The last year’s report pointed out that corruption remains widespread and that the government does not operate with openness and transparency.
“Corruption remains widespread and systemic, and enforcement of legislation designed to combat corruption is weak. When corruption probes are actually opened, they rarely result in convictions. The government remains largely inaccessible to the public,” stated 2018 Report.
When it comes to Kosovo, the country is also said to be partly free with a score of 54, which represents an improvement of two points since the last year. While political rights in the country scored more than civil rights, corruption is most likely this years problem. The last year report pointed out that corruption remains a serious problem, and the institutional framework to combat it is weak, while political interference in the judiciary, particularly from the executive branch, remains a problem.
According to the Freedom House 2019 Report, North Macedonia scored 59 points, which is a small improvement since 2018 Report, when the status of the section of Press Freedom said “not free”.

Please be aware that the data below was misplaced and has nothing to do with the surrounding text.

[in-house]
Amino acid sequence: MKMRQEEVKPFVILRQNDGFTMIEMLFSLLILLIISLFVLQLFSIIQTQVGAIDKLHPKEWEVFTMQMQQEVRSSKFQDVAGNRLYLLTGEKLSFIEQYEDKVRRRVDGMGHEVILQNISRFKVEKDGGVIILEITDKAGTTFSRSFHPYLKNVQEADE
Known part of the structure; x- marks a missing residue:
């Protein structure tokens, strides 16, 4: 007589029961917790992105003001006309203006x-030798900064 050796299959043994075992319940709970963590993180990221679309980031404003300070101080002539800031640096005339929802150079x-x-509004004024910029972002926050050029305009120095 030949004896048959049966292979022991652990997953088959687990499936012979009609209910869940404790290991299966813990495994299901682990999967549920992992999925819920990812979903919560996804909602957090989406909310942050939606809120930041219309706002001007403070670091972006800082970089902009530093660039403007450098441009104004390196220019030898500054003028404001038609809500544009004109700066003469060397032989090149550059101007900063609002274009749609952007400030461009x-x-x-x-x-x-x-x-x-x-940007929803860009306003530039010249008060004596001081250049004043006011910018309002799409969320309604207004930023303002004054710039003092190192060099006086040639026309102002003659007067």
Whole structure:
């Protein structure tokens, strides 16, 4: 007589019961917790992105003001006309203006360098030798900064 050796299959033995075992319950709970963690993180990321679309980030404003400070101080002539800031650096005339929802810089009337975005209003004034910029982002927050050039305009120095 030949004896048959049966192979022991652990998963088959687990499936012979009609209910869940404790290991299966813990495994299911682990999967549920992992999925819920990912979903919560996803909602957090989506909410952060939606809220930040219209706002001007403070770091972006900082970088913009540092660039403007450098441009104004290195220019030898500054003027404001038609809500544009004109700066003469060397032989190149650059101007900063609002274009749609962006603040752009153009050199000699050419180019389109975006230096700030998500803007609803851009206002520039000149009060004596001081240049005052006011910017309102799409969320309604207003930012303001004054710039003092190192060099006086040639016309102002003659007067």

On the other hand, Montenegro and Serbia scored better in comparison to other countries of the region on the numerical scale with, 65 and 67 points, respectively.
“In the Balkans, President Aleksandar Vučić of Serbia and President Milo Đukanović of Montenegro continued to consolidate state power around themselves and their cliques, subverting basic standards of good governance and exceeding their assigned constitutional roles,” reads the 2019 Freedom House report.
When it comes to the functioning of the Government of Montenegro, it is noted that President Đukanović maintains extensive control over most public institutions.